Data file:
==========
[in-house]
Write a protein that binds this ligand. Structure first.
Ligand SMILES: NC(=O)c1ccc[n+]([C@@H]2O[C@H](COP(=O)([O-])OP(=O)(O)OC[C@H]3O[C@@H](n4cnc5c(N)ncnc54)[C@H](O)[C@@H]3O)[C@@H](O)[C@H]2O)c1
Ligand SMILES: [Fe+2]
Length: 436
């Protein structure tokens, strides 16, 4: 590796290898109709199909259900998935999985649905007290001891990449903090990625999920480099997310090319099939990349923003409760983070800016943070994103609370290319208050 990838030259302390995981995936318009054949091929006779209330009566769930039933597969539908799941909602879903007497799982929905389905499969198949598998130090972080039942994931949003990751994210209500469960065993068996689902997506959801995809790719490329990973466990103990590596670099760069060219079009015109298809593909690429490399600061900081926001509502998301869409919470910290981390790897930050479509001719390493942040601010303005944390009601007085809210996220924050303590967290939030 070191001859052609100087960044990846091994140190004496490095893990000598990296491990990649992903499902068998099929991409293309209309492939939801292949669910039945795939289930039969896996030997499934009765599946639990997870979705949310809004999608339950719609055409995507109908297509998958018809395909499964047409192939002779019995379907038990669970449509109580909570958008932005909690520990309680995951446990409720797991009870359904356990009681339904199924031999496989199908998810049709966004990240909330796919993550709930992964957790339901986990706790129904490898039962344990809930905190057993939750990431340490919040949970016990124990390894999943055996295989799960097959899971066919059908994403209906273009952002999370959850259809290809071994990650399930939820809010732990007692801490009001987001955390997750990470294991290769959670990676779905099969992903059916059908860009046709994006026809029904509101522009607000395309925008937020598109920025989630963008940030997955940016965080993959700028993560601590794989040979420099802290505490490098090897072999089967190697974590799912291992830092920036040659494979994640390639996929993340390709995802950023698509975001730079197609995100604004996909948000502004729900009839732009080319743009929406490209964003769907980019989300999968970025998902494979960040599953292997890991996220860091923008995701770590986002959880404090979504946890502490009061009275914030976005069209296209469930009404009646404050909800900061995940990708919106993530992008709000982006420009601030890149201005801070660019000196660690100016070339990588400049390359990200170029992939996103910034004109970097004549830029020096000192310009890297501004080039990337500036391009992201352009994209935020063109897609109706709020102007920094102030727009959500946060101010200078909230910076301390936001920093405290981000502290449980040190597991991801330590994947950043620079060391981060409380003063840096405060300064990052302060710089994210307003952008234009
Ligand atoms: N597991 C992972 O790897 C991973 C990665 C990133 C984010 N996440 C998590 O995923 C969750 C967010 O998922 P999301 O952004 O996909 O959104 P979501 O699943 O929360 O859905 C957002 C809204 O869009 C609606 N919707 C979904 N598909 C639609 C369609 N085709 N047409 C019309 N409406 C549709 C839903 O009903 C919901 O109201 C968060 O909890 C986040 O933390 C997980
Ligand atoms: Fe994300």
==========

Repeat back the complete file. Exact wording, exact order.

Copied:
[in-house]
Write a protein that binds this ligand. Structure first.
Ligand SMILES: NC(=O)c1ccc[n+]([C@@H]2O[C@H](COP(=O)([O-])OP(=O)(O)OC[C@H]3O[C@@H](n4cnc5c(N)ncnc54)[C@H](O)[C@@H]3O)[C@@H](O)[C@H]2O)c1
Ligand SMILES: [Fe+2]
Length: 436
């Protein structure tokens, strides 16, 4: 590796290898109709199909259900998935999985649905007290001891990449903090990625999920480099997310090319099939990349923003409760983070800016943070994103609370290319208050 990838030259302390995981995936318009054949091929006779209330009566769930039933597969539908799941909602879903007497799982929905389905499969198949598998130090972080039942994931949003990751994210209500469960065993068996689902997506959801995809790719490329990973466990103990590596670099760069060219079009015109298809593909690429490399600061900081926001509502998301869409919470910290981390790897930050479509001719390493942040601010303005944390009601007085809210996220924050303590967290939030 070191001859052609100087960044990846091994140190004496490095893990000598990296491990990649992903499902068998099929991409293309209309492939939801292949669910039945795939289930039969896996030997499934009765599946639990997870979705949310809004999608339950719609055409995507109908297509998958018809395909499964047409192939002779019995379907038990669970449509109580909570958008932005909690520990309680995951446990409720797991009870359904356990009681339904199924031999496989199908998810049709966004990240909330796919993550709930992964957790339901986990706790129904490898039962344990809930905190057993939750990431340490919040949970016990124990390894999943055996295989799960097959899971066919059908994403209906273009952002999370959850259809290809071994990650399930939820809010732990007692801490009001987001955390997750990470294991290769959670990676779905099969992903059916059908860009046709994006026809029904509101522009607000395309925008937020598109920025989630963008940030997955940016965080993959700028993560601590794989040979420099802290505490490098090897072999089967190697974590799912291992830092920036040659494979994640390639996929993340390709995802950023698509975001730079197609995100604004996909948000502004729900009839732009080319743009929406490209964003769907980019989300999968970025998902494979960040599953292997890991996220860091923008995701770590986002959880404090979504946890502490009061009275914030976005069209296209469930009404009646404050909800900061995940990708919106993530992008709000982006420009601030890149201005801070660019000196660690100016070339990588400049390359990200170029992939996103910034004109970097004549830029020096000192310009890297501004080039990337500036391009992201352009994209935020063109897609109706709020102007920094102030727009959500946060101010200078909230910076301390936001920093405290981000502290449980040190597991991801330590994947950043620079060391981060409380003063840096405060300064990052302060710089994210307003952008234009
Ligand atoms: N597991 C992972 O790897 C991973 C990665 C990133 C984010 N996440 C998590 O995923 C969750 C967010 O998922 P999301 O952004 O996909 O959104 P979501 O699943 O929360 O859905 C957002 C809204 O869009 C609606 N919707 C979904 N598909 C639609 C369609 N085709 N047409 C019309 N409406 C549709 C839903 O009903 C919901 O109201 C968060 O909890 C986040 O933390 C997980
Ligand atoms: Fe994300």